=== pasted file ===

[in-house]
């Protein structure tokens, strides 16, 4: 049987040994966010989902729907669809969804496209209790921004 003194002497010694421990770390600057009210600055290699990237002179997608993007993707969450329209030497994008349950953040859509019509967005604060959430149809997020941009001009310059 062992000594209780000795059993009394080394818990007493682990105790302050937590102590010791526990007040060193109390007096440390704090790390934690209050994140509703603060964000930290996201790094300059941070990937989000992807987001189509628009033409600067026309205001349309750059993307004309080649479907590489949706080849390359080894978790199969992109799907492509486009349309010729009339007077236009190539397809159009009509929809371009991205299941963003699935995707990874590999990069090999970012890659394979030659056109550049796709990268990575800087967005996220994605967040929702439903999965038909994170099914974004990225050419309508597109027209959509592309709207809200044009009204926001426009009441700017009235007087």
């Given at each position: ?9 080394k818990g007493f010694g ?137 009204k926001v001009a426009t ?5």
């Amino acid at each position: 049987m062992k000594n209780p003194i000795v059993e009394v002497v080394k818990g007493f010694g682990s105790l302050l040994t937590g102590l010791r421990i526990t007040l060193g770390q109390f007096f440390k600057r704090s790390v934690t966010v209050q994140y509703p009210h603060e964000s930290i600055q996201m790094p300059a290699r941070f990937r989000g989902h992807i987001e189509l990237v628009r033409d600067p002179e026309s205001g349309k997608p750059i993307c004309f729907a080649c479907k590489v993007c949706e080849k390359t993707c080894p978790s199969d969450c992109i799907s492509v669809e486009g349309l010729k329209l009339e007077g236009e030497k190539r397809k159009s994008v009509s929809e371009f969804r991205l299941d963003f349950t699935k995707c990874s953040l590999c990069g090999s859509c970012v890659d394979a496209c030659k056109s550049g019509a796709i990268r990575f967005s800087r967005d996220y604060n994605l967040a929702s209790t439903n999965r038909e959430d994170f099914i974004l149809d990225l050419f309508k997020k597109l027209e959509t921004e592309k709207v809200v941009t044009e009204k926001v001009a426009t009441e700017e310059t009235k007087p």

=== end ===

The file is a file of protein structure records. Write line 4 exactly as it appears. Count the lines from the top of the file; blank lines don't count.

């Amino acid at each position: 049987m062992k000594n209780p003194i000795v059993e009394v002497v080394k818990g007493f010694g682990s105790l302050l040994t937590g102590l010791r421990i526990t007040l060193g770390q109390f007096f440390k600057r704090s790390v934690t966010v209050q994140y509703p009210h603060e964000s930290i600055q996201m790094p300059a290699r941070f990937r989000g989902h992807i987001e189509l990237v628009r033409d600067p002179e026309s205001g349309k997608p750059i993307c004309f729907a080649c479907k590489v993007c949706e080849k390359t993707c080894p978790s199969d969450c992109i799907s492509v669809e486009g349309l010729k329209l009339e007077g236009e030497k190539r397809k159009s994008v009509s929809e371009f969804r991205l299941d963003f349950t699935k995707c990874s953040l590999c990069g090999s859509c970012v890659d394979a496209c030659k056109s550049g019509a796709i990268r990575f967005s800087r967005d996220y604060n994605l967040a929702s209790t439903n999965r038909e959430d994170f099914i974004l149809d990225l050419f309508k997020k597109l027209e959509t921004e592309k709207v809200v941009t044009e009204k926001v001009a426009t009441e700017e310059t009235k007087p």